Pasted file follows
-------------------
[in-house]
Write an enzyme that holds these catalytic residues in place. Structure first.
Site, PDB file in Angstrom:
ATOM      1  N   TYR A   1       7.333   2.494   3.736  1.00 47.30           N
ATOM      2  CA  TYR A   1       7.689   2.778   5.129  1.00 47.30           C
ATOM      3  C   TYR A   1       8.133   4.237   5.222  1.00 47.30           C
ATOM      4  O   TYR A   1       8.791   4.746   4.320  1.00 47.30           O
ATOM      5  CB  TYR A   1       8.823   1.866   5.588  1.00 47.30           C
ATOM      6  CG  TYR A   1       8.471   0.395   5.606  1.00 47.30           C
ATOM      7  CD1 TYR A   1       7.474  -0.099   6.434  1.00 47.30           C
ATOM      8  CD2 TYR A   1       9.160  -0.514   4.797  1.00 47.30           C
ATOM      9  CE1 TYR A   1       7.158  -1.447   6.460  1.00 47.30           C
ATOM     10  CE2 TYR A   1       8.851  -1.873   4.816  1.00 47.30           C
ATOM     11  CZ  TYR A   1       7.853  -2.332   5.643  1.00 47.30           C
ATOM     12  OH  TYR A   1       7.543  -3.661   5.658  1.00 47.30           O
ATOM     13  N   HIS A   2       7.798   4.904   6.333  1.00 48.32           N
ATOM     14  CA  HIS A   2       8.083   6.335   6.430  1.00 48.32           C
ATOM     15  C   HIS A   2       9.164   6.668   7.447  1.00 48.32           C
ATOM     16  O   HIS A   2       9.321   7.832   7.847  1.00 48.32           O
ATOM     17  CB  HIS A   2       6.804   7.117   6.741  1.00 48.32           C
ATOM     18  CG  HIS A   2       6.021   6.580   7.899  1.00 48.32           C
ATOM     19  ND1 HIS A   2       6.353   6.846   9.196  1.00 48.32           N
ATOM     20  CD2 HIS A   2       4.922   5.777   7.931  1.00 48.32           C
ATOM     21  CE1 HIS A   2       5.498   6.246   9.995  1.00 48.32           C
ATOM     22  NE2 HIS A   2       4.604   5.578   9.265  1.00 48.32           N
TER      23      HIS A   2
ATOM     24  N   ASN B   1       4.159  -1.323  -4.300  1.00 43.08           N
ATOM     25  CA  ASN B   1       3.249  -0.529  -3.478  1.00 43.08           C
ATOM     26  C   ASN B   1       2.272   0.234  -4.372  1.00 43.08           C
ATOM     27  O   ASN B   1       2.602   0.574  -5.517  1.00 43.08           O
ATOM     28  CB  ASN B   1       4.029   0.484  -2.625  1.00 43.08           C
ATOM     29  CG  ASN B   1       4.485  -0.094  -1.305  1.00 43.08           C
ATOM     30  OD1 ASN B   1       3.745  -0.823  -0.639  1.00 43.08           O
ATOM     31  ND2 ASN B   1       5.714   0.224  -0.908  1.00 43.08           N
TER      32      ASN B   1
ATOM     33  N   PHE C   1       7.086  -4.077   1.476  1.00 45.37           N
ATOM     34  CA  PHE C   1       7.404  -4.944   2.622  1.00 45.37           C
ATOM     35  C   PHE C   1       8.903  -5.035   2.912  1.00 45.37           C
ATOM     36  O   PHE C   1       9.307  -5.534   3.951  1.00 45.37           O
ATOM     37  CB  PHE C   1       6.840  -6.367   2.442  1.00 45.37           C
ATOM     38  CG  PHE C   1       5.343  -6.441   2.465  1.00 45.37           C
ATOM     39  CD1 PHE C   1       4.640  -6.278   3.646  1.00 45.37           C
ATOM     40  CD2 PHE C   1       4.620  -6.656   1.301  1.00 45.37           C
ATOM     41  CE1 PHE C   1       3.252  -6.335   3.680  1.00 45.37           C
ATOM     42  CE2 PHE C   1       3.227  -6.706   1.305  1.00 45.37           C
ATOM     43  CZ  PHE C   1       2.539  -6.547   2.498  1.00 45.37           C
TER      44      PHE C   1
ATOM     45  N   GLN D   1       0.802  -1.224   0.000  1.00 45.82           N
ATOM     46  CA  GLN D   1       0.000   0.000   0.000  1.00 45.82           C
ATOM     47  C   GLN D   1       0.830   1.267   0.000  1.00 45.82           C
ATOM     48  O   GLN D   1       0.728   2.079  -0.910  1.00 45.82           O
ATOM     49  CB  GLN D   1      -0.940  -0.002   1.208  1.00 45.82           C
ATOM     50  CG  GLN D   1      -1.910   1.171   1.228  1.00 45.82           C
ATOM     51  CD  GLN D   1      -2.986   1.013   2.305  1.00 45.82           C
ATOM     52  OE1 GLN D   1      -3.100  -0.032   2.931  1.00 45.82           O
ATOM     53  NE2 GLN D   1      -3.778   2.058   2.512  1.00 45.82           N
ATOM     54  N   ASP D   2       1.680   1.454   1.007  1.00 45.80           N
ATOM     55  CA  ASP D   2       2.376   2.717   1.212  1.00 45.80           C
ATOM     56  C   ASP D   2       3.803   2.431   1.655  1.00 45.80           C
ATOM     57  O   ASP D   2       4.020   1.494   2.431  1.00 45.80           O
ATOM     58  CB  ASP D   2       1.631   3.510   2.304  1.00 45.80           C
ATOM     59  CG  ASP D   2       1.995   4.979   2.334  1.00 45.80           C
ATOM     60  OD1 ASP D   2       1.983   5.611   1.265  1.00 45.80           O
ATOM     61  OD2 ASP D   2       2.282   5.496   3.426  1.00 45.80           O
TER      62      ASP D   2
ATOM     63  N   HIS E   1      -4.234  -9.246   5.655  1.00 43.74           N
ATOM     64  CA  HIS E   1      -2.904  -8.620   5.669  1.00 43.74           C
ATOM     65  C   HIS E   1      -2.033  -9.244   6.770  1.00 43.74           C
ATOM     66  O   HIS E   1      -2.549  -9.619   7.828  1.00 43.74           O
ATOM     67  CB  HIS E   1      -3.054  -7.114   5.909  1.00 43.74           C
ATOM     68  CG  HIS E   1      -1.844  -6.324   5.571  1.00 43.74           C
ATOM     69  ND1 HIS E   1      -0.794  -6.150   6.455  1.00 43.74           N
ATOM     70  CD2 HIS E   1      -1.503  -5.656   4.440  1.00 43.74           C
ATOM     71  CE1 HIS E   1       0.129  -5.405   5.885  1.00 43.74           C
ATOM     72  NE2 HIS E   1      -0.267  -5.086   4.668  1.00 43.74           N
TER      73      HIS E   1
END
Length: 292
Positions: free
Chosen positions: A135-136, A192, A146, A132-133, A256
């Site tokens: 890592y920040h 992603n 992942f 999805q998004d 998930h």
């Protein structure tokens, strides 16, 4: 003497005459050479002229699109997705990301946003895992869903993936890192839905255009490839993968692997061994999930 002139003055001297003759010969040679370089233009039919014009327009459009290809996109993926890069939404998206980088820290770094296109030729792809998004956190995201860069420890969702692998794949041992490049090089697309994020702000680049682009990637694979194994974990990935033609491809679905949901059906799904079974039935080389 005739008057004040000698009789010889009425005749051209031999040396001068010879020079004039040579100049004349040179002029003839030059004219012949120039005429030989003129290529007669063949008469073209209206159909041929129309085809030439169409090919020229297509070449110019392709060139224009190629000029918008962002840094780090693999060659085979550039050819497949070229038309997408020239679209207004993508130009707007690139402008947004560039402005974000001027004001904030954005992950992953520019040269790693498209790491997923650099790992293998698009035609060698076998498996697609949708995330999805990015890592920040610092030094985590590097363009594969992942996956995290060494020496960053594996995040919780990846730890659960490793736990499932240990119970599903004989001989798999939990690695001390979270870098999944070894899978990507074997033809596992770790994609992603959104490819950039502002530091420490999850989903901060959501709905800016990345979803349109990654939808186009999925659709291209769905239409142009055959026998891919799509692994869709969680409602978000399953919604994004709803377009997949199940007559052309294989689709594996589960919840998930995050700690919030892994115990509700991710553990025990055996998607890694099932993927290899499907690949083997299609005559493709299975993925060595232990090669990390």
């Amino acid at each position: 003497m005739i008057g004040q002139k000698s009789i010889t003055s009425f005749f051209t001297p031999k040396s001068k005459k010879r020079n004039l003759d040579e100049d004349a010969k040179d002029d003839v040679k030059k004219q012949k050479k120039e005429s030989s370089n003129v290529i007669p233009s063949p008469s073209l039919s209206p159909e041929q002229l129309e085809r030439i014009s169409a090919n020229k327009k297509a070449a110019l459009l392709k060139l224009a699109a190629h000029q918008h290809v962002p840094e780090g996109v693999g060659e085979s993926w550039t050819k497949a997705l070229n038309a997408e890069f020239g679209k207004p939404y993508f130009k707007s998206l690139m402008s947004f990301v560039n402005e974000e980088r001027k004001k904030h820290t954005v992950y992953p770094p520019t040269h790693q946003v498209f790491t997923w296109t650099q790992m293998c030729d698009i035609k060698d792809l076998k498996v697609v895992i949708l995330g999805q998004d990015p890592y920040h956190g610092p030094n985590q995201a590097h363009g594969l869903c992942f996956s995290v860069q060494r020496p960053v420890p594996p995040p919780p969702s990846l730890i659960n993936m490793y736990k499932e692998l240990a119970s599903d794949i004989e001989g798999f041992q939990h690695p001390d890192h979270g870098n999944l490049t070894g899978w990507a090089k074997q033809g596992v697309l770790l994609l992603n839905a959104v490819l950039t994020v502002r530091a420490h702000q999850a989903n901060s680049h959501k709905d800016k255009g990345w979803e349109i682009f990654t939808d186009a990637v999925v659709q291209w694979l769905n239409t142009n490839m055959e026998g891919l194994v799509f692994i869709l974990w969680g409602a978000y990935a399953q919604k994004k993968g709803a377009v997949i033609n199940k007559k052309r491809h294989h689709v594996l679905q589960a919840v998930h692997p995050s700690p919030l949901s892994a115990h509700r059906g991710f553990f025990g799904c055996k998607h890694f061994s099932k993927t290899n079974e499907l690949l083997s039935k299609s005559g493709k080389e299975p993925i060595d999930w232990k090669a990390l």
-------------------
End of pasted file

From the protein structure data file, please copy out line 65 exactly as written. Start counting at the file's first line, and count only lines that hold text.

TER      62      ASP D   2